1. Moral reasoning is not absolute in forecasting moral behavior. Instead, moral decisions are influenced by nonrational elements, like emotional reactions.
      2. Carol Gilligan questioned the universality of the results. She asserts that both genders have different moral reasoning.
      3. Personal rights are emphasized in this theory which doesn’t apply to cultures that value interdependence.

  5. The Physical Changes and Social Relationships in Emerging Adulthood
    • Emerging adulthood- the stage between late teens and late 20s.
      1. In industrialized cultures, this stage is described by exploration, uncertainty, and versatility in social functions, relations, and job opportunities.
    • Physical changes
      1. Genetic changes vary from each person
      2. Wrinkles start to show at the age of 40
      3. Physical strength slowly deteriorates
      4. Women experience menopause, the end of menstruation signals while men experience a slow drop in testosterone levels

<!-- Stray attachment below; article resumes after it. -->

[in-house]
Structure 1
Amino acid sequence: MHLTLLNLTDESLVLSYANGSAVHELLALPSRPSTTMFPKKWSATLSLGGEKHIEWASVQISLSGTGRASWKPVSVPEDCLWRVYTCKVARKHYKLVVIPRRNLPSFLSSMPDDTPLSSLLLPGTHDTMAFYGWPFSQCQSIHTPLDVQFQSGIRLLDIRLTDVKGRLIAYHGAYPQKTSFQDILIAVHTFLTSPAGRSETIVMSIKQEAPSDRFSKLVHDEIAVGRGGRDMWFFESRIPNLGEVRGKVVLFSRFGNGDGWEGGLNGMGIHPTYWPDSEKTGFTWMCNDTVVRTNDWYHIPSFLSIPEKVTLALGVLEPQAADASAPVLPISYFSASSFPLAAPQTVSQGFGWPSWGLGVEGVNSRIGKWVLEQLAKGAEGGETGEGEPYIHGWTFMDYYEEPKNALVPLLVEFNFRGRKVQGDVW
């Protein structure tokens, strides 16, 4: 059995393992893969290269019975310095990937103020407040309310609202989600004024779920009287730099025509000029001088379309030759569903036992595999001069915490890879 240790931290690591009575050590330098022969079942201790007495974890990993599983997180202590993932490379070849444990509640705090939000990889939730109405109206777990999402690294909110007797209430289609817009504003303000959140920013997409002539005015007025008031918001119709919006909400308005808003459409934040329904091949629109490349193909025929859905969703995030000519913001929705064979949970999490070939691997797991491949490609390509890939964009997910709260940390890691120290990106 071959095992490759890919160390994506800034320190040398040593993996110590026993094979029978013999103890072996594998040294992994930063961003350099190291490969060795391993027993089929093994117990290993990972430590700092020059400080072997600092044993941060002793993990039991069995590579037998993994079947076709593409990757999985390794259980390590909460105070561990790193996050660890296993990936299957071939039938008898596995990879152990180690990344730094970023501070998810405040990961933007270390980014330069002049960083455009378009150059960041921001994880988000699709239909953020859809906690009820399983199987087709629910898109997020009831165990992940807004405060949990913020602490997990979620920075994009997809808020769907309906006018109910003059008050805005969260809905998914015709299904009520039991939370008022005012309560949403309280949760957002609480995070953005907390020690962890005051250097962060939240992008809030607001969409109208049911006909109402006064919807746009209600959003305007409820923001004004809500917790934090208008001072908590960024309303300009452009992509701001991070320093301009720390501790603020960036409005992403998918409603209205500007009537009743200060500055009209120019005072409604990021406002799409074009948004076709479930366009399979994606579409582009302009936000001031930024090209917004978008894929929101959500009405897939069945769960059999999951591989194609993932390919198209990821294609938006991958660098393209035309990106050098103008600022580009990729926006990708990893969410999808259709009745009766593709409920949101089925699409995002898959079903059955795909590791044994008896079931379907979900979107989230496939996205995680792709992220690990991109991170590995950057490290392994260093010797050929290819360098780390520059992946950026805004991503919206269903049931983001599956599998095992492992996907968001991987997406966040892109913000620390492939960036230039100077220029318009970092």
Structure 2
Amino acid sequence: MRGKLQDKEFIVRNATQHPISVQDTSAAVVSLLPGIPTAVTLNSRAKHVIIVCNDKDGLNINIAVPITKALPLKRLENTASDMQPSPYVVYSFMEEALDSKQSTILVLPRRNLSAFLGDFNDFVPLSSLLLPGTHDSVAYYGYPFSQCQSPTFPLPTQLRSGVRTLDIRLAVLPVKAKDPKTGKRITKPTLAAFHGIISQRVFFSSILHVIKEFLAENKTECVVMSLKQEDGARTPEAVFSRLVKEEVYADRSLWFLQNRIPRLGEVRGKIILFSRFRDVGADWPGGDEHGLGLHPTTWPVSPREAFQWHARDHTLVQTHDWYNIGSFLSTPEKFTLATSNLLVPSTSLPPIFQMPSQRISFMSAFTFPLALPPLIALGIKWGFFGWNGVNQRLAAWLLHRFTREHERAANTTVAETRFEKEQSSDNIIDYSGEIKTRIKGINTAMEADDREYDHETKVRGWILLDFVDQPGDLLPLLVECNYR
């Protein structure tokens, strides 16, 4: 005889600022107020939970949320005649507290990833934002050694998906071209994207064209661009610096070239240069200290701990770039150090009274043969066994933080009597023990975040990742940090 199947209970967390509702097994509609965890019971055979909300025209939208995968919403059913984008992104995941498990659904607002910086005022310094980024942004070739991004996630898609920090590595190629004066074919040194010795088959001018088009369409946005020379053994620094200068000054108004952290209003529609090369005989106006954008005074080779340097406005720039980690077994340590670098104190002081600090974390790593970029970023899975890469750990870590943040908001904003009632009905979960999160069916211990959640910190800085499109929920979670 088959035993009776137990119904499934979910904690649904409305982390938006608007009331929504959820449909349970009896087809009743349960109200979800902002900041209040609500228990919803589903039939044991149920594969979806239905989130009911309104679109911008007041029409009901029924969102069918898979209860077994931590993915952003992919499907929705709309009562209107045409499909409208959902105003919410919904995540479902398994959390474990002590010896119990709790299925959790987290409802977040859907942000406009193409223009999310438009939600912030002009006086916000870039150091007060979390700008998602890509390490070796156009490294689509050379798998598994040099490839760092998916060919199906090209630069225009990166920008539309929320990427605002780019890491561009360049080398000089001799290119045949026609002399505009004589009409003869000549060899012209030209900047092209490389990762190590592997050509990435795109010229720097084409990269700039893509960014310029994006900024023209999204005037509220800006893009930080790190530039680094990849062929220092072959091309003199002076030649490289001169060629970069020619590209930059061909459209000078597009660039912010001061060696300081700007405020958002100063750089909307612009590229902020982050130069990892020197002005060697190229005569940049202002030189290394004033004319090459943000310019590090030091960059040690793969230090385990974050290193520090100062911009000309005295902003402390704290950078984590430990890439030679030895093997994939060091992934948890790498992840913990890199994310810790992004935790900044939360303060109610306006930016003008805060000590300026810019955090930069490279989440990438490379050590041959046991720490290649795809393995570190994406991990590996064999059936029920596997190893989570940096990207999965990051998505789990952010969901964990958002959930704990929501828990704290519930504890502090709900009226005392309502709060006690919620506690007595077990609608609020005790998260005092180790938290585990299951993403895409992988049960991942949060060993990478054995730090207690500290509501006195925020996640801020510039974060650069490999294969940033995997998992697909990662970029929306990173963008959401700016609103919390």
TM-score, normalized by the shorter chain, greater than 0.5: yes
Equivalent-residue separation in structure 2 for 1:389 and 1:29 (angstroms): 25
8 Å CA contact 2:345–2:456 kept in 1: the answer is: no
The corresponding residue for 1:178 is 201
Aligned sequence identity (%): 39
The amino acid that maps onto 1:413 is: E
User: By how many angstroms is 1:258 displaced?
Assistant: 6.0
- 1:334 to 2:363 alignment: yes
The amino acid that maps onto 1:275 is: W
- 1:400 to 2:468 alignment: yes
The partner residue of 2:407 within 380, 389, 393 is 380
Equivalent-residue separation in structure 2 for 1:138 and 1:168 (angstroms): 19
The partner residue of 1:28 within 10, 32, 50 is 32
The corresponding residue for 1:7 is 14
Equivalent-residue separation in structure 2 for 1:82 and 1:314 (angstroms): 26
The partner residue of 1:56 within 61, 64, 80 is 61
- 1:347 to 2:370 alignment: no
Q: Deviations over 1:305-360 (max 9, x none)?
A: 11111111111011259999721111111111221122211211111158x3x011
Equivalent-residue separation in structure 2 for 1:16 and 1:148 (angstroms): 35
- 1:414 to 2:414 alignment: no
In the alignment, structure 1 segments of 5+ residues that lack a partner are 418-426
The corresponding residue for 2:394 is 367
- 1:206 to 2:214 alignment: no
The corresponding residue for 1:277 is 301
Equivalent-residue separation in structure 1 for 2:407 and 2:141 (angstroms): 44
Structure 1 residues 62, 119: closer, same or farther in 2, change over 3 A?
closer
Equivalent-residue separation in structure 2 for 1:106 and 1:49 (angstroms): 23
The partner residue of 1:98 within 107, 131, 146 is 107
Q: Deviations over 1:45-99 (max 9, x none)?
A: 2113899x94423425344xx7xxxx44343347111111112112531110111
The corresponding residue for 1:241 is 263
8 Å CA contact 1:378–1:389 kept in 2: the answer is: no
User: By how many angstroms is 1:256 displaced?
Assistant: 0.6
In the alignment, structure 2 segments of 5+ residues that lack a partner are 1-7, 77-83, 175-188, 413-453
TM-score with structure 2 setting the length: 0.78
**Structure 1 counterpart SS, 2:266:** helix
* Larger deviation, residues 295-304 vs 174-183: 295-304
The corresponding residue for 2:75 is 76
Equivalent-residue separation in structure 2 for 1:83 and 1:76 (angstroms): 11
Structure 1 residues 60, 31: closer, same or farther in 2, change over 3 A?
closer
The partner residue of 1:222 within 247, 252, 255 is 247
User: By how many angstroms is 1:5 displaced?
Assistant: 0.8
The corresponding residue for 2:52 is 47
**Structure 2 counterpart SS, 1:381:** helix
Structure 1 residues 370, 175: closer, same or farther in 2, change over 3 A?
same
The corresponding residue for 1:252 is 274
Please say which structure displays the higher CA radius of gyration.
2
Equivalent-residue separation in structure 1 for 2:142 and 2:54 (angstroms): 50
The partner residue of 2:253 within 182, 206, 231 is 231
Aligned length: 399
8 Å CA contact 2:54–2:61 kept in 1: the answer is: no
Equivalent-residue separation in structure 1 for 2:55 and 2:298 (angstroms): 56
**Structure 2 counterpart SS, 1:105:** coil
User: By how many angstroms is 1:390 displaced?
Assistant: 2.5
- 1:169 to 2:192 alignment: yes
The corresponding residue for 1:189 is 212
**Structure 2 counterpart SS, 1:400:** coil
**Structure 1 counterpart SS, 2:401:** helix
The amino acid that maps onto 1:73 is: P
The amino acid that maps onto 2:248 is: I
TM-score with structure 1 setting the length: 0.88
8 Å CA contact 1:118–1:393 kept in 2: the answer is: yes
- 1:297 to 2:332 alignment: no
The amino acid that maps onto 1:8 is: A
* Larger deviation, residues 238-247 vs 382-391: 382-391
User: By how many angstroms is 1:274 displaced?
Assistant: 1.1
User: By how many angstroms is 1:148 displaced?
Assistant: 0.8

• Adult relationships are diverse and reflects that it doesn’t observe a pattern.
      1. The birth of the first offspring tends to diminish the satisfaction and time spent among couples.
      2. Parenthood changes the characteristics of an adult.
      3. Marital satisfaction is restored when children move out.

  6. The Cognitive Changes and Social Development in Late Adulthood
    • Mental capacity remains stable until 60 years old. After that, common intellectual abilities, such as word memory, logical reasoning, and math competencies, slightly deteriorates.
      1. These negative effects can be reduced by engaging in physical and mental tasks.
    • Activity theory of aging- held that life satisfaction is achieved in late adulthood when individuals keep their past levels of activity.
    • Ego integrity- is another prescription for sound mental well-being which means the feeling of a meaningful life.

  7. The Stages of Dying
    • Elisabeth Kubler-Ross- suggested the 5 stages undergone by the dying
      1. Denial
      2. Anger
      3. Bargaining
      4. Depression
      5. Acceptance
    • People react in various ways to impending death.